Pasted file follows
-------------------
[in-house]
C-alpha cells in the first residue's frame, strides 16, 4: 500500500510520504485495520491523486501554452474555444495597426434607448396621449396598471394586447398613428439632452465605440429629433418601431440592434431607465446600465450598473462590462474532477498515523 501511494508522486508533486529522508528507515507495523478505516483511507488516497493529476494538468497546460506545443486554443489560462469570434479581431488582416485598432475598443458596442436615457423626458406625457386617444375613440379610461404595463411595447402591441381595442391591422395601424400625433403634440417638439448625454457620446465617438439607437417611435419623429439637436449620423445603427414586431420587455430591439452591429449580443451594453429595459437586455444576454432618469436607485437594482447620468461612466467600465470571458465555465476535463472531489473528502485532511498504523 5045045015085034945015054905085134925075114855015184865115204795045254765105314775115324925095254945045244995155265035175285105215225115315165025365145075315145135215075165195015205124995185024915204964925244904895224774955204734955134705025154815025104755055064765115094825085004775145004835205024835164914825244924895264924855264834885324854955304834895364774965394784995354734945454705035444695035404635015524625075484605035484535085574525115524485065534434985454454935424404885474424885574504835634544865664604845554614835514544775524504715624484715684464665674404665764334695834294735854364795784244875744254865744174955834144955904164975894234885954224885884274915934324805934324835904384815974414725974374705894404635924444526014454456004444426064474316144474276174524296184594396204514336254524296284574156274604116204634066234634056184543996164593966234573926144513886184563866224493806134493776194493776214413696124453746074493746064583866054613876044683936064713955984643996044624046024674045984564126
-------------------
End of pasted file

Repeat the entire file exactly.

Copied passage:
[in-house]
C-alpha cells in the first residue's frame, strides 16, 4: 500500500510520504485495520491523486501554452474555444495597426434607448396621449396598471394586447398613428439632452465605440429629433418601431440592434431607465446600465450598473462590462474532477498515523 501511494508522486508533486529522508528507515507495523478505516483511507488516497493529476494538468497546460506545443486554443489560462469570434479581431488582416485598432475598443458596442436615457423626458406625457386617444375613440379610461404595463411595447402591441381595442391591422395601424400625433403634440417638439448625454457620446465617438439607437417611435419623429439637436449620423445603427414586431420587455430591439452591429449580443451594453429595459437586455444576454432618469436607485437594482447620468461612466467600465470571458465555465476535463472531489473528502485532511498504523 5045045015085034945015054905085134925075114855015184865115204795045254765105314775115324925095254945045244995155265035175285105215225115315165025365145075315145135215075165195015205124995185024915204964925244904895224774955204734955134705025154815025104755055064765115094825085004775145004835205024835164914825244924895264924855264834885324854955304834895364774965394784995354734945454705035444695035404635015524625075484605035484535085574525115524485065534434985454454935424404885474424885574504835634544865664604845554614835514544775524504715624484715684464665674404665764334695834294735854364795784244875744254865744174955834144955904164975894234885954224885884274915934324805934324835904384815974414725974374705894404635924444526014454456004444426064474316144474276174524296184594396204514336254524296284574156274604116204634066234634056184543996164593966234573926144513886184563866224493806134493776194493776214413696124453746074493746064583866054613876044683936064713955984643996044624046024674045984564126